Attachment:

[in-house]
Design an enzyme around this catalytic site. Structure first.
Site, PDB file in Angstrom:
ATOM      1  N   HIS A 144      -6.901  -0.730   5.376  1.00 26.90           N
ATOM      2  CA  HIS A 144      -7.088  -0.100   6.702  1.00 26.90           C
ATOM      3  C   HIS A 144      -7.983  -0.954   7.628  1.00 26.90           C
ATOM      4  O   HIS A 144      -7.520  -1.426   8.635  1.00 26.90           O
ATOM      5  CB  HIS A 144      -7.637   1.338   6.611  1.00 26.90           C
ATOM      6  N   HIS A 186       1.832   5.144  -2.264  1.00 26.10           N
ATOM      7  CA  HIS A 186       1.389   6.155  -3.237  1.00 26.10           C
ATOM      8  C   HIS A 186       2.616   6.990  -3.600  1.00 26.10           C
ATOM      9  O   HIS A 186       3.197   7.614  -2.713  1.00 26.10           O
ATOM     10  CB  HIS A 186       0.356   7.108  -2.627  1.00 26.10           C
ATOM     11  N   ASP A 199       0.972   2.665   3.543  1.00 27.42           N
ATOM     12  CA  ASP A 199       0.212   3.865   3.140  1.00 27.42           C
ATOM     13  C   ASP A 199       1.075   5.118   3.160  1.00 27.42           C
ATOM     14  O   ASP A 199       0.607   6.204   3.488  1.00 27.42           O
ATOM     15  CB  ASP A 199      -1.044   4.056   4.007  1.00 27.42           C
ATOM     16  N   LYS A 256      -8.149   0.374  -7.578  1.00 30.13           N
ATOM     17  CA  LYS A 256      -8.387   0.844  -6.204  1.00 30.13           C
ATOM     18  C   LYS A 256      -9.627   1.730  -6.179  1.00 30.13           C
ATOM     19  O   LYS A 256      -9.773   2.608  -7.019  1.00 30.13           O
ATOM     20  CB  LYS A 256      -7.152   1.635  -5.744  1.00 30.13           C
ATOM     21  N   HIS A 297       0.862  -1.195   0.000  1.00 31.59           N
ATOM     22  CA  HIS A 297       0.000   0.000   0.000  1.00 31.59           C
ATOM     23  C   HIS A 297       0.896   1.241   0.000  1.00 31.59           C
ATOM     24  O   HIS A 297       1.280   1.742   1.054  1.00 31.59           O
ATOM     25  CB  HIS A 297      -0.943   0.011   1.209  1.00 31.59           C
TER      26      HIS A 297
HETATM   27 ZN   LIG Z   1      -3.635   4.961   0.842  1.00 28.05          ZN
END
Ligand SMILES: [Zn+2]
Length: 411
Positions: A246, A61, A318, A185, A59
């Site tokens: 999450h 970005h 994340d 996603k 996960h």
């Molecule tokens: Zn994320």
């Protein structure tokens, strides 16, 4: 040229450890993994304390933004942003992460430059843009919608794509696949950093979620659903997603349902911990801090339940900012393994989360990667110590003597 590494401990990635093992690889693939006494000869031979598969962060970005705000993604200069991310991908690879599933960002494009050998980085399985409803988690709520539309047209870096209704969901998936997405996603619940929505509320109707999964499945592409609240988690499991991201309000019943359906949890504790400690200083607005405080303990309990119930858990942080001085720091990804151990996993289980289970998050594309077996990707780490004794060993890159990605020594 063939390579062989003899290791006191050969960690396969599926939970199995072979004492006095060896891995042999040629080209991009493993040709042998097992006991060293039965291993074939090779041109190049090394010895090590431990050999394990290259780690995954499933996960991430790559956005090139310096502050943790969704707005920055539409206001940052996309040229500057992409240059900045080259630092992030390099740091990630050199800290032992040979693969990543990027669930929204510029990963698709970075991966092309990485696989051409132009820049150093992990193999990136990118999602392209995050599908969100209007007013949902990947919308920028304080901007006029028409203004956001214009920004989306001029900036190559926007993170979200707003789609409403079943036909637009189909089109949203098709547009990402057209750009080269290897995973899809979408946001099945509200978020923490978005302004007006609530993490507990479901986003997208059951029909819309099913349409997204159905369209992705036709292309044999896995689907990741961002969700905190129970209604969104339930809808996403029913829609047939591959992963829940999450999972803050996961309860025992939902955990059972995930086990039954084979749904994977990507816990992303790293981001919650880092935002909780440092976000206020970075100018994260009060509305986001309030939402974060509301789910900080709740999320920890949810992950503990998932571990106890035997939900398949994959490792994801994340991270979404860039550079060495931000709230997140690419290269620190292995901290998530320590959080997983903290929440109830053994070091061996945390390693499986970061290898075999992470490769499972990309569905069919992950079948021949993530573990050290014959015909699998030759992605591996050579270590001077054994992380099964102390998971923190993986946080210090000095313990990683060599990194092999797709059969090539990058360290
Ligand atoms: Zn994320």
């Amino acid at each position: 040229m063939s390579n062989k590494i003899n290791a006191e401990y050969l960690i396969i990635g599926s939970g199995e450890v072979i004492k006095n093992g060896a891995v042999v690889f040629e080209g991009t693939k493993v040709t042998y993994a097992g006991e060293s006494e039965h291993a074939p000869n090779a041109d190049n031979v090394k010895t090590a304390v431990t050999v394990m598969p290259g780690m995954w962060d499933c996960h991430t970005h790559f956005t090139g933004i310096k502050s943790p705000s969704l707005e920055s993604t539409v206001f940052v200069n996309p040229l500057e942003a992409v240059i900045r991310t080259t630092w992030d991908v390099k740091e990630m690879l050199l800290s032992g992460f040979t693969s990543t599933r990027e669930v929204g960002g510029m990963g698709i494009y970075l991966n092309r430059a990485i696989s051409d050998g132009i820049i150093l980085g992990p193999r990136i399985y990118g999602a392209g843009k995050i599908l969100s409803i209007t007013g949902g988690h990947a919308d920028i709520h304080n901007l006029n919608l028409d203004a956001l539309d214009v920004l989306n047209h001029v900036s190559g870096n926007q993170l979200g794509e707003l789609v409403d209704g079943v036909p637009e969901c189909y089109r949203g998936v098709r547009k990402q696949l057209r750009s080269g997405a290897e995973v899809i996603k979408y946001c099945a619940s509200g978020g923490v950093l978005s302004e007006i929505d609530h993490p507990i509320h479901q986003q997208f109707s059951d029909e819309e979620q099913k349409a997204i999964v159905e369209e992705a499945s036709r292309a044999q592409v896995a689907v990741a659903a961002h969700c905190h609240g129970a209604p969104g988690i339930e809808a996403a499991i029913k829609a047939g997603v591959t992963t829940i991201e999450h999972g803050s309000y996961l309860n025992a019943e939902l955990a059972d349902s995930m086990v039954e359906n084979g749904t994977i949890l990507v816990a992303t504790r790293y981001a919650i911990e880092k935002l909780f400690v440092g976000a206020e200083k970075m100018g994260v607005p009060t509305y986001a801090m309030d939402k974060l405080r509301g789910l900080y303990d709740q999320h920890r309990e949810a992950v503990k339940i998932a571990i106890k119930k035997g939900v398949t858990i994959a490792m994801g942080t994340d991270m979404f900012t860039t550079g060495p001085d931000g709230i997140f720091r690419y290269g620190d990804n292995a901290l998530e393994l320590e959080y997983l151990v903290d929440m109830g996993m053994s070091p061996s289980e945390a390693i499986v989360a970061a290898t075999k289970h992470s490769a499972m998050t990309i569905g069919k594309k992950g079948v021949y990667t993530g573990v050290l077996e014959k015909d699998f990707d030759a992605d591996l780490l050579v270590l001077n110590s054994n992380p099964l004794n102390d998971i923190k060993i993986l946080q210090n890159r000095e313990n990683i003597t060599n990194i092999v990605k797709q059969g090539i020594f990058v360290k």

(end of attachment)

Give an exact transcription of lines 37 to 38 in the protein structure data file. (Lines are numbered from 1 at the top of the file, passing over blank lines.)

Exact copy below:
């Protein structure tokens, strides 16, 4: 040229450890993994304390933004942003992460430059843009919608794509696949950093979620659903997603349902911990801090339940900012393994989360990667110590003597 590494401990990635093992690889693939006494000869031979598969962060970005705000993604200069991310991908690879599933960002494009050998980085399985409803988690709520539309047209870096209704969901998936997405996603619940929505509320109707999964499945592409609240988690499991991201309000019943359906949890504790400690200083607005405080303990309990119930858990942080001085720091990804151990996993289980289970998050594309077996990707780490004794060993890159990605020594 063939390579062989003899290791006191050969960690396969599926939970199995072979004492006095060896891995042999040629080209991009493993040709042998097992006991060293039965291993074939090779041109190049090394010895090590431990050999394990290259780690995954499933996960991430790559956005090139310096502050943790969704707005920055539409206001940052996309040229500057992409240059900045080259630092992030390099740091990630050199800290032992040979693969990543990027669930929204510029990963698709970075991966092309990485696989051409132009820049150093992990193999990136990118999602392209995050599908969100209007007013949902990947919308920028304080901007006029028409203004956001214009920004989306001029900036190559926007993170979200707003789609409403079943036909637009189909089109949203098709547009990402057209750009080269290897995973899809979408946001099945509200978020923490978005302004007006609530993490507990479901986003997208059951029909819309099913349409997204159905369209992705036709292309044999896995689907990741961002969700905190129970209604969104339930809808996403029913829609047939591959992963829940999450999972803050996961309860025992939902955990059972995930086990039954084979749904994977990507816990992303790293981001919650880092935002909780440092976000206020970075100018994260009060509305986001309030939402974060509301789910900080709740999320920890949810992950503990998932571990106890035997939900398949994959490792994801994340991270979404860039550079060495931000709230997140690419290269620190292995901290998530320590959080997983903290929440109830053994070091061996945390390693499986970061290898075999992470490769499972990309569905069919992950079948021949993530573990050290014959015909699998030759992605591996050579270590001077054994992380099964102390998971923190993986946080210090000095313990990683060599990194092999797709059969090539990058360290
Ligand atoms: Zn994320």